Tuesday, June 4, 2013

Full Circle

Full circle, from home to hospital, three months of trying to find long-term care placement and now, unexpectedly, Pat is home again. I never thought I'd see him in our house again, lie next to him in bed, greet him in the morning with the time-honored, "Want a cup of coffee?"

It wasn't my idea. I thought we'd find the perfect nursing home or an assisted living situation in California that didn't cost an arm, a leg and a few internal organs. I thought I'd surely have found a job out there by now. I thought we'd have packed him into a motor home and safely delivered him to the place we both long to be. But that isn't what happened.

The day I brought him home, I had no clue how I would do this home caring, even with help. The alternative, however, was letting the psychiatric hospital court (yes, these places have courtrooms on site) remand him to the state hospital in Las Vegas, New Mexico. It would have been okay with me, as I've heard their long-term care ward is pretty good. But when I spoke to the case worker there, she told me that, even though I have medical Power of Attorney, am named in Pat's advanced directive, and am his court-appointed psychiatric guardian, I would have no say in his long-term care placement. Since there weren't any beds currently available at the state hospital's nursing home and he didn't need to be hospitalized any longer, they reserved the right to place him in any nursing home anywhere in the state that would take him.

If you've had experience with Medicaid-funded nursing homes in poverty-stricken states, you know how scary that scenario was.

UNM Geri-Psych had given me less than a day to find out what my legal options were. And, of course, all the senior legal assistance people said they couldn't help, given the brevity of the time frame. So, fearing that the court would side with the hospital, I asked for Pat to be discharged before the hearing took place. Our dear Cousin Molly once again stepped in to help drive Pat to Santa Fe and to get him settled a bit at home. The first night, he slept over 13 hours, as if making up for all the sleepless hospital nights.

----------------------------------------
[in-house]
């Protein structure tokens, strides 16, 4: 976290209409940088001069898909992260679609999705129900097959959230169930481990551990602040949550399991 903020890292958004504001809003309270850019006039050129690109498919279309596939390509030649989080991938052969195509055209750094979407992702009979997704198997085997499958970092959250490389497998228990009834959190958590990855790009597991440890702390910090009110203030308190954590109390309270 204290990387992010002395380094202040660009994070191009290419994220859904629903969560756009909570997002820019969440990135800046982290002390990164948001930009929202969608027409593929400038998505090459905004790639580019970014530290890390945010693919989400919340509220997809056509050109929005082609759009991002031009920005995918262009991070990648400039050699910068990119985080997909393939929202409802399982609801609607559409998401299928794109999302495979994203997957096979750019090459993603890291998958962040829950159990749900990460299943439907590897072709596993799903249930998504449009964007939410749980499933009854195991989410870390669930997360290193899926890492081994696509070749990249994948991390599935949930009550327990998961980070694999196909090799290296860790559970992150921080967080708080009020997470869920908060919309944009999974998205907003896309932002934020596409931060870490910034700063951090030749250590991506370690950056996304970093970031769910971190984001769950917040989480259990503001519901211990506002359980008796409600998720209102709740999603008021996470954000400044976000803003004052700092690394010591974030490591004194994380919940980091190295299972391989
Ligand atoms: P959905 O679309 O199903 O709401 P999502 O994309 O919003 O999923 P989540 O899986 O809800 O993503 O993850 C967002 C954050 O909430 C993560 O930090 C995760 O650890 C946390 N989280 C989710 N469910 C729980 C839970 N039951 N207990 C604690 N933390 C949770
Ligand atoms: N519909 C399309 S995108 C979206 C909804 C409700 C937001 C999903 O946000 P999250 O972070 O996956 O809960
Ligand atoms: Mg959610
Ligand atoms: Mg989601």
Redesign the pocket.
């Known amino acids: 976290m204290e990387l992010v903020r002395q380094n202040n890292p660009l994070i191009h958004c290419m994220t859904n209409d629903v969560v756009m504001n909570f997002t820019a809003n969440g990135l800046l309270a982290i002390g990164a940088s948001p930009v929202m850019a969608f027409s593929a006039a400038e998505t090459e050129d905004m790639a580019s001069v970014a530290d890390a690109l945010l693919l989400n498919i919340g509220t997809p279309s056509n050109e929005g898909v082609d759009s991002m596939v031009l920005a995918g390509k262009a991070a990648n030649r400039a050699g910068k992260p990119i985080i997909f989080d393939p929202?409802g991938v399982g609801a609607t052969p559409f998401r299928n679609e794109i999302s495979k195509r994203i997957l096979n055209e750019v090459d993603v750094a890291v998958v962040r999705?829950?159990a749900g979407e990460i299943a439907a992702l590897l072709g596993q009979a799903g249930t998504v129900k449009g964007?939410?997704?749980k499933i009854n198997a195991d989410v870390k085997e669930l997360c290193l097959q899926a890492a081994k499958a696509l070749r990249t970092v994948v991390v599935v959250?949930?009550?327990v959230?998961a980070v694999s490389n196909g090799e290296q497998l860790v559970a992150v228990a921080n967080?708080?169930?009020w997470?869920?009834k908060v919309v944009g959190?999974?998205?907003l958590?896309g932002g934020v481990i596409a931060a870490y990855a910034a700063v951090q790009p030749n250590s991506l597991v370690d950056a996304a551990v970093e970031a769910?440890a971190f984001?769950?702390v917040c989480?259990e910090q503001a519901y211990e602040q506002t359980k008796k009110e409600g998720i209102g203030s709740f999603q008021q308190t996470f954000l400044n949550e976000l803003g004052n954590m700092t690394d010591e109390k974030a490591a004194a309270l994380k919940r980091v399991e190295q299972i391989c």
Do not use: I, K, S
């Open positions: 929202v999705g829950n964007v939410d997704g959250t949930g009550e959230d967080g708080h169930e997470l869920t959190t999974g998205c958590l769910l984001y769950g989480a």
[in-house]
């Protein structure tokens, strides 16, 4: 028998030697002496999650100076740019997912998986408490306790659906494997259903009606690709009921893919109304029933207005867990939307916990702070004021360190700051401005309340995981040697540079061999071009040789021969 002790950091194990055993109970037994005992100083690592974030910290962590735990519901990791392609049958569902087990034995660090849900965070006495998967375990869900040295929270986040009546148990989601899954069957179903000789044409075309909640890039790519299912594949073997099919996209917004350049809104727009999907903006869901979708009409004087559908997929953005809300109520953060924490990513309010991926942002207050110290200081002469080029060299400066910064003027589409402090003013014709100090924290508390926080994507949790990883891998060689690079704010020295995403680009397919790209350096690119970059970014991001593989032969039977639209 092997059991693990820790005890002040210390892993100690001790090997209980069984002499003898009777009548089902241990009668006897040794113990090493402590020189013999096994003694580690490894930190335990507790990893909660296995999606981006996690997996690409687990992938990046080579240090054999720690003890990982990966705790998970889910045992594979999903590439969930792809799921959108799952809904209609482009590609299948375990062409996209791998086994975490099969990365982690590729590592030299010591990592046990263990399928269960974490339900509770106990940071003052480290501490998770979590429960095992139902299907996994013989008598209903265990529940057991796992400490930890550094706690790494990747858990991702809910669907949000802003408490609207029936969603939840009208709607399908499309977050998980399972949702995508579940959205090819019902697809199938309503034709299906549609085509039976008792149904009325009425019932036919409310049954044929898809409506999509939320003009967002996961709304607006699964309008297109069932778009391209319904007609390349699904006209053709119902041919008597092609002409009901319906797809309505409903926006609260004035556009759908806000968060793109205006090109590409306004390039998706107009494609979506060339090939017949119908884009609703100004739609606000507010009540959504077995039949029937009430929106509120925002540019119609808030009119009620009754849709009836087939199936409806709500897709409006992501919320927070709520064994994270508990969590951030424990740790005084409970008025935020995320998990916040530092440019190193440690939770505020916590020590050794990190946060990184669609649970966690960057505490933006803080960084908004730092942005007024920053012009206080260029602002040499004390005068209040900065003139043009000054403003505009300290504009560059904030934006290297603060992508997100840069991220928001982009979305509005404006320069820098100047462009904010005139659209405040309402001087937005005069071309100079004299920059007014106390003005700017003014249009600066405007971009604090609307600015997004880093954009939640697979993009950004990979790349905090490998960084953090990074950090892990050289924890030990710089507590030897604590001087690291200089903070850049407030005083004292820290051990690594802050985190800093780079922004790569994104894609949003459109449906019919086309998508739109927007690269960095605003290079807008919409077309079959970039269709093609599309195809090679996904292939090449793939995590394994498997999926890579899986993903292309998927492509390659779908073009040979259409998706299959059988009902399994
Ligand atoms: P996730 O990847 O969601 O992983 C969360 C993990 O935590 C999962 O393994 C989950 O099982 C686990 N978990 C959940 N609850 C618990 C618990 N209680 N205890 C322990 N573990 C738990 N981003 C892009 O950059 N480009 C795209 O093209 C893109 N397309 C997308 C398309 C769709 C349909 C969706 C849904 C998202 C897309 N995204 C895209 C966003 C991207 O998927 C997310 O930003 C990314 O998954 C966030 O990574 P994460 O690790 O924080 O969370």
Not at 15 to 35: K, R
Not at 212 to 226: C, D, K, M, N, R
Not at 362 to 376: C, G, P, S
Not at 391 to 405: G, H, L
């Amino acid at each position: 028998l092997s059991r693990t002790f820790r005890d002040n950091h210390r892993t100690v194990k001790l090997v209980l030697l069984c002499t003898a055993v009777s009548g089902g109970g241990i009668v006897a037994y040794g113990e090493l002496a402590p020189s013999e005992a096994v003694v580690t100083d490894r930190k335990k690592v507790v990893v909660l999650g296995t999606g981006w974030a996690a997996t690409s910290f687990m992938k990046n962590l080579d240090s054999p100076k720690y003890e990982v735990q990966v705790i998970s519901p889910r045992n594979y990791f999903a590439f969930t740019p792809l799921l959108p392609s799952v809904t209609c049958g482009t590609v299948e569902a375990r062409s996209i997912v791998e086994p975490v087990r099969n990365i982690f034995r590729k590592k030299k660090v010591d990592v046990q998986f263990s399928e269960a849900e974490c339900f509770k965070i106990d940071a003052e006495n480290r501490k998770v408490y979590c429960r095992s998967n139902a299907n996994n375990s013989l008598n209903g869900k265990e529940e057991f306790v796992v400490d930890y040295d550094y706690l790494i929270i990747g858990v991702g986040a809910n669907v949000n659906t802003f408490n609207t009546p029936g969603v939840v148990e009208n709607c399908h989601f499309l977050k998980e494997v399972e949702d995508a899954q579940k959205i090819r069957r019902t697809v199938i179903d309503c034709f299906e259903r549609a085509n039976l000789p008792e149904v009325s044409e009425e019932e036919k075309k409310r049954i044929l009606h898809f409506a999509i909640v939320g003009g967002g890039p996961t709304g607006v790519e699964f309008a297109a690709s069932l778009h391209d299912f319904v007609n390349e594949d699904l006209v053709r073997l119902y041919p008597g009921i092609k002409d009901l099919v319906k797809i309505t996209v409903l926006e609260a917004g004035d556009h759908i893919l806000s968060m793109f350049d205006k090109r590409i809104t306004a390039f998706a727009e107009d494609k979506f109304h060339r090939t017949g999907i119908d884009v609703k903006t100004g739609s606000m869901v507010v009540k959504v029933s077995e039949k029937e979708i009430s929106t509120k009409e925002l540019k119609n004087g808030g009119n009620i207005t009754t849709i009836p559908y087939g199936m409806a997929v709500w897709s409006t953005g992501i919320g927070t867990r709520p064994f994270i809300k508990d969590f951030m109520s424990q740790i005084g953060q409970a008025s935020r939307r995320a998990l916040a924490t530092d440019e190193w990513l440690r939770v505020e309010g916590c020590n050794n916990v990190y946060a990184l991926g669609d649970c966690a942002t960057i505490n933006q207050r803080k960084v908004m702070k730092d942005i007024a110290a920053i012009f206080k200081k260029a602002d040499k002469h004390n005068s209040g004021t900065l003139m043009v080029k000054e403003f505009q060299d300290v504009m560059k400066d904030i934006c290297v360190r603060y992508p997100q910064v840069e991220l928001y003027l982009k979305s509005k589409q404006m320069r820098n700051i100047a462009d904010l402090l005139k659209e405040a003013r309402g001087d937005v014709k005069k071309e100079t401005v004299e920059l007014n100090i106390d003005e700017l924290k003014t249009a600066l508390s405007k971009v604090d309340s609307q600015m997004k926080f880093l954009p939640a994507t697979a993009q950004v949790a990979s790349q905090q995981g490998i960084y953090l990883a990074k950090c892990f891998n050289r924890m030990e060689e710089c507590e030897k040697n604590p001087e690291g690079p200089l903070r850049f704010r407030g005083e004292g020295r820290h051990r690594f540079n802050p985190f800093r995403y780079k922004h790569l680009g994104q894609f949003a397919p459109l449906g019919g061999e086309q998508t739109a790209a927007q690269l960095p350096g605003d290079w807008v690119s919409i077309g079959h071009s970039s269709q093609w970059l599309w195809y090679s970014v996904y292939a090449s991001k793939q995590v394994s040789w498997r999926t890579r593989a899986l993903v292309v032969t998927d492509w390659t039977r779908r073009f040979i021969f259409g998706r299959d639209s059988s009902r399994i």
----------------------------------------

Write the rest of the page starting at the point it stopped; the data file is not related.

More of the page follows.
Since then, he's been sleeping really well, eating like a racehorse and seemingly enjoying himself walking around our backyard in the warm afternoons. We breakfast, then go for a regular walk around the neighborhood, then he sleeps for a couple of hours in what I think of as the miracle chair, a recliner/rocker we got for a hundred bucks. After that, lunch and then about three hours of a combination of pacing the backyard while talking ceaselessly to himself, listening to me read, whistling along with music and, just occasionally, getting really really angry at nothing. Then dinner, another walk around the neighborhood and a gradual dropping off to sleep. Strangely, it's pretty manageable. I'm writing this while he's doing his afternoon rounds of the house and yard.

I treat it as his job, the work he does while I do mine. It's a way for him to use up energy, to get some sunshine and exercise, and to keep busy in his own way. I wish he could do a bit of actual work with his hands, sit and look at pictures or read a magazine. But my acceptance of what he's able and willing to do makes the day much less stressful.

Part of what has shifted is my attitude. This past year has been a profound spiritual voyage for me. At some point, as the result of an entirely (so I thought) unrelated support group, I began to turn my full attention to God's voice. At first, it was just a prayer and meditation time in the morning. Over the months, it's become a more or less frequent conversation with God, punctuated with moments when I haul myself out of whatever mud hole of fear and worry I've slipped into and step mentally into a circle of light I call the Presence of God. Sometimes I just breathe there for a few moments, calming myself before I resume my day. Other times, I ask questions, make requests, thank God for some tender mercy or beautiful bit of the world.

Why this helps, I don't know. I don't need to know. I find that I am cheerful much more often, that I can hold my tongue when Pat inadvertently says something hurtful, that I can be peaceful and supportive when he wakes me up in the middle of the night in a panic. I am caregiving out of choice now, and stepping out of the stress as often as I can. Even though I have less time to myself than I did when I felt frazzled and overwhelmed, I don't feel divided anymore. Taking care of Pat is my job, not something I have to do in addition to a job or job hunting. And because we went through weeks of trying and failing to find suitable placement for him, I'm fairly certain that it's the job God wants me to do right now. Not forever. Perhaps not even for more than a few more weeks. Just today.

Once of the best things about this time is that I get a "do-over." I get to treat Pat the way I wanted to before, but just couldn't. It's a living amends to him for my anger and impatience and it also is strengthening our relationship. I'd actually have to say love is deeper than it's been in some time. So as we approach our 12th wedding anniversary (July 1), there's a happiness I never expected to know again in this relationship. Full circle, indeed.